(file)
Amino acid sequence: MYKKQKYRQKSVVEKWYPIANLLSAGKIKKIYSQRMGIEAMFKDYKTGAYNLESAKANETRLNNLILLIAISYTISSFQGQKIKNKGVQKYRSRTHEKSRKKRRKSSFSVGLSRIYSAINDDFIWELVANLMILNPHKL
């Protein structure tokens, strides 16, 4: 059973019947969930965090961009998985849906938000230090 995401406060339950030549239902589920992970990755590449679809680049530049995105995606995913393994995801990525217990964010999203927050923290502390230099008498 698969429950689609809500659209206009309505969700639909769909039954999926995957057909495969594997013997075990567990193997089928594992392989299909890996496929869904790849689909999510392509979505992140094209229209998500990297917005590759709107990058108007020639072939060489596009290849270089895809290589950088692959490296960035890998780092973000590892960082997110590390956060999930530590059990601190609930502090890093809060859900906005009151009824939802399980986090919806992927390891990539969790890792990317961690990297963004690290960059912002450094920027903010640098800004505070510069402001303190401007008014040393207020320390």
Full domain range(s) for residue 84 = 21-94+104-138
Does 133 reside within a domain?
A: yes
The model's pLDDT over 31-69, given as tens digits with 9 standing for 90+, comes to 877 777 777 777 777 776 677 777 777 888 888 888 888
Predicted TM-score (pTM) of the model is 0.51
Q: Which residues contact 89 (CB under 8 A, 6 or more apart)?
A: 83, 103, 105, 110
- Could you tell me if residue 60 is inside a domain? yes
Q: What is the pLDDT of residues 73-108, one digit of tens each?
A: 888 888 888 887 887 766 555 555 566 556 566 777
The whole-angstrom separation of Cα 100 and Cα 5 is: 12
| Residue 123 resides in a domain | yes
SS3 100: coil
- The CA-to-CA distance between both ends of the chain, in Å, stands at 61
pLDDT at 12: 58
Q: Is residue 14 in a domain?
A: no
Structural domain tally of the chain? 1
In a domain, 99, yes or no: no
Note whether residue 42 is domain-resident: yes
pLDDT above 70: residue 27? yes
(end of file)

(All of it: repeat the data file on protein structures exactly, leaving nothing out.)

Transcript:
Amino acid sequence: MYKKQKYRQKSVVEKWYPIANLLSAGKIKKIYSQRMGIEAMFKDYKTGAYNLESAKANETRLNNLILLIAISYTISSFQGQKIKNKGVQKYRSRTHEKSRKKRRKSSFSVGLSRIYSAINDDFIWELVANLMILNPHKL
């Protein structure tokens, strides 16, 4: 059973019947969930965090961009998985849906938000230090 995401406060339950030549239902589920992970990755590449679809680049530049995105995606995913393994995801990525217990964010999203927050923290502390230099008498 698969429950689609809500659209206009309505969700639909769909039954999926995957057909495969594997013997075990567990193997089928594992392989299909890996496929869904790849689909999510392509979505992140094209229209998500990297917005590759709107990058108007020639072939060489596009290849270089895809290589950088692959490296960035890998780092973000590892960082997110590390956060999930530590059990601190609930502090890093809060859900906005009151009824939802399980986090919806992927390891990539969790890792990317961690990297963004690290960059912002450094920027903010640098800004505070510069402001303190401007008014040393207020320390």
Full domain range(s) for residue 84 = 21-94+104-138
Does 133 reside within a domain?
A: yes
The model's pLDDT over 31-69, given as tens digits with 9 standing for 90+, comes to 877 777 777 777 777 776 677 777 777 888 888 888 888
Predicted TM-score (pTM) of the model is 0.51
Q: Which residues contact 89 (CB under 8 A, 6 or more apart)?
A: 83, 103, 105, 110
- Could you tell me if residue 60 is inside a domain? yes
Q: What is the pLDDT of residues 73-108, one digit of tens each?
A: 888 888 888 887 887 766 555 555 566 556 566 777
The whole-angstrom separation of Cα 100 and Cα 5 is: 12
| Residue 123 resides in a domain | yes
SS3 100: coil
- The CA-to-CA distance between both ends of the chain, in Å, stands at 61
pLDDT at 12: 58
Q: Is residue 14 in a domain?
A: no
Structural domain tally of the chain? 1
In a domain, 99, yes or no: no
Note whether residue 42 is domain-resident: yes
pLDDT above 70: residue 27? yes